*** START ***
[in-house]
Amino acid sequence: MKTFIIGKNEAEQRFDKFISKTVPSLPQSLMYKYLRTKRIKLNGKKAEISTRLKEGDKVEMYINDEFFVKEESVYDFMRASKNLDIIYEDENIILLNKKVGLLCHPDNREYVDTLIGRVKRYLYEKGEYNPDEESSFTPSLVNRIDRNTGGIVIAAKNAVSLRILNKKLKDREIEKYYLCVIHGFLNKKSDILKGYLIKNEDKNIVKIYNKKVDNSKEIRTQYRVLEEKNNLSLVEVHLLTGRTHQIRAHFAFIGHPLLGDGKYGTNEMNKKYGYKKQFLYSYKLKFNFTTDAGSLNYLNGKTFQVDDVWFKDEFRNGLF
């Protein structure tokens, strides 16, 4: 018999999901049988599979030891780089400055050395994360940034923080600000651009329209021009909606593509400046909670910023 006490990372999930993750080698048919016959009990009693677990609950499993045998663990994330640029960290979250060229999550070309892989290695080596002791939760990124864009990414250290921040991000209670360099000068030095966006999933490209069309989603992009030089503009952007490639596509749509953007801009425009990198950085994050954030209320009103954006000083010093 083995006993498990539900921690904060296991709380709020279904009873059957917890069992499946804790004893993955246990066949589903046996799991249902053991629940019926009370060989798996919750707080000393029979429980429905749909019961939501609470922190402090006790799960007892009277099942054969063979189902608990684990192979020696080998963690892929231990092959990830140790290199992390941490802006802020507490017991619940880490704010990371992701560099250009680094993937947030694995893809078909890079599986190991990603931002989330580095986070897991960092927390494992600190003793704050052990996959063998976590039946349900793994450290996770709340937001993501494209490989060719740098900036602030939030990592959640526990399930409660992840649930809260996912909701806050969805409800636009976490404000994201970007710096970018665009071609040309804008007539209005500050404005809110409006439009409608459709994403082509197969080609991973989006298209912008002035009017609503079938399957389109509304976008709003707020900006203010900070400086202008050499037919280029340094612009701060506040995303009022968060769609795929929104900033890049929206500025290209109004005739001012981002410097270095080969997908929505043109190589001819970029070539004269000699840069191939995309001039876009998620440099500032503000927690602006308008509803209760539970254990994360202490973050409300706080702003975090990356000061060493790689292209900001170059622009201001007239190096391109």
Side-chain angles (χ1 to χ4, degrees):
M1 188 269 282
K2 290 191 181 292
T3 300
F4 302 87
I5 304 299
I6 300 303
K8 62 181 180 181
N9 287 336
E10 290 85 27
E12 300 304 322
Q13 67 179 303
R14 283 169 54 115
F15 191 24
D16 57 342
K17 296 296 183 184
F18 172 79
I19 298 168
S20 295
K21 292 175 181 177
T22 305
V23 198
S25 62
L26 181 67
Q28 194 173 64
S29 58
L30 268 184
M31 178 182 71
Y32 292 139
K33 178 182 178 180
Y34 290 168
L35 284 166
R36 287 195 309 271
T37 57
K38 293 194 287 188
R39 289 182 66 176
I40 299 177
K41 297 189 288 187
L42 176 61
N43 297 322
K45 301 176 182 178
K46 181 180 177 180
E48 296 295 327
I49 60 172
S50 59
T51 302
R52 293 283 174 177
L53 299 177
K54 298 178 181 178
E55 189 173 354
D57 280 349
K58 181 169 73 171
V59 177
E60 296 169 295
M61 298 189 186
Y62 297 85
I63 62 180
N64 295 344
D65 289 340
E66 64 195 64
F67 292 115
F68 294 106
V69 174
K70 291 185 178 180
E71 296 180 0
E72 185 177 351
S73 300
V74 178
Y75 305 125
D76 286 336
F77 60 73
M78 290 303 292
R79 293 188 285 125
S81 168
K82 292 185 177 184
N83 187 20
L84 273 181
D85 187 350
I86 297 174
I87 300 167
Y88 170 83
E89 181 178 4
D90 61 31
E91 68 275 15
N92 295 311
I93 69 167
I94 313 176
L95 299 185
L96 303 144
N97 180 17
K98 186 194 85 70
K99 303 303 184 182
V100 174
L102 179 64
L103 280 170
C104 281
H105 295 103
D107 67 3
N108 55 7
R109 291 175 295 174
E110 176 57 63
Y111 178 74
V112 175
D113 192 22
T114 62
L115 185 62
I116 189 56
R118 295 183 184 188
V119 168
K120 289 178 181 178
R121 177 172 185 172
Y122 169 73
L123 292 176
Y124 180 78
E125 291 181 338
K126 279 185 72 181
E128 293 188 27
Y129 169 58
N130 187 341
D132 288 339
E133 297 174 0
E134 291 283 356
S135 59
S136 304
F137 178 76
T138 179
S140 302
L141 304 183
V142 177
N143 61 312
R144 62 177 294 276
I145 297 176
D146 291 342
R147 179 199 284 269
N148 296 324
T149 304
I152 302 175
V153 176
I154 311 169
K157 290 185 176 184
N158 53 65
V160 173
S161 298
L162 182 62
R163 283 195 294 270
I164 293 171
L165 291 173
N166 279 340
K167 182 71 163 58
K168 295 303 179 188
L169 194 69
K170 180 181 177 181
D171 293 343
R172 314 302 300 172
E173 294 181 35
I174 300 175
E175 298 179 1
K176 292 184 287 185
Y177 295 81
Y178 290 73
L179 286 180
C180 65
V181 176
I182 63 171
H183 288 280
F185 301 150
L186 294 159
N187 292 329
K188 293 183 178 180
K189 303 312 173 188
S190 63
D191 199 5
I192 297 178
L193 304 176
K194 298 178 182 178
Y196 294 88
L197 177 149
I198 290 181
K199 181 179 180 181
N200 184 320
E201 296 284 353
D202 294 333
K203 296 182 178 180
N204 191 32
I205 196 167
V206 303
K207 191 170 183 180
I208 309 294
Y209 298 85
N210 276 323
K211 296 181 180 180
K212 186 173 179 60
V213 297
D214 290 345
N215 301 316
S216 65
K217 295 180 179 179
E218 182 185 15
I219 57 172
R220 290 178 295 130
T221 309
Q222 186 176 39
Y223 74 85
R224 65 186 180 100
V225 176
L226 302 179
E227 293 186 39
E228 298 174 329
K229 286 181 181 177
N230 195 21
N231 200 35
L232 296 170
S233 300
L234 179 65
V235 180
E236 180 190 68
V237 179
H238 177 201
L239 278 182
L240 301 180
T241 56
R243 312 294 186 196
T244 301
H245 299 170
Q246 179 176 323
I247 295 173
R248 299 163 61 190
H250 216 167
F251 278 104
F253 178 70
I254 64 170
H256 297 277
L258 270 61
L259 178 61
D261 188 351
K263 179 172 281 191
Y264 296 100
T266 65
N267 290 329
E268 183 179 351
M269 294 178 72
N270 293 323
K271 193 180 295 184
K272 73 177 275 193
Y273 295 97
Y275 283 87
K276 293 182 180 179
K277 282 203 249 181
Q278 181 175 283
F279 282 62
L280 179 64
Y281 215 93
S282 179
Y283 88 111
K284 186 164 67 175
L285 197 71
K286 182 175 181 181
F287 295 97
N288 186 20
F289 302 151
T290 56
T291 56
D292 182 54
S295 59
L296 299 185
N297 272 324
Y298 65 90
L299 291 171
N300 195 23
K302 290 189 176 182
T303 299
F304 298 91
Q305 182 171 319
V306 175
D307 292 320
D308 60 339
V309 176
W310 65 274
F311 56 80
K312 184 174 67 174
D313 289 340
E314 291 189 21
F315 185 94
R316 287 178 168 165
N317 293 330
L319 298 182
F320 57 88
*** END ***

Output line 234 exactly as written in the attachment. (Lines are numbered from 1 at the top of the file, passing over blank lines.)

I254 64 170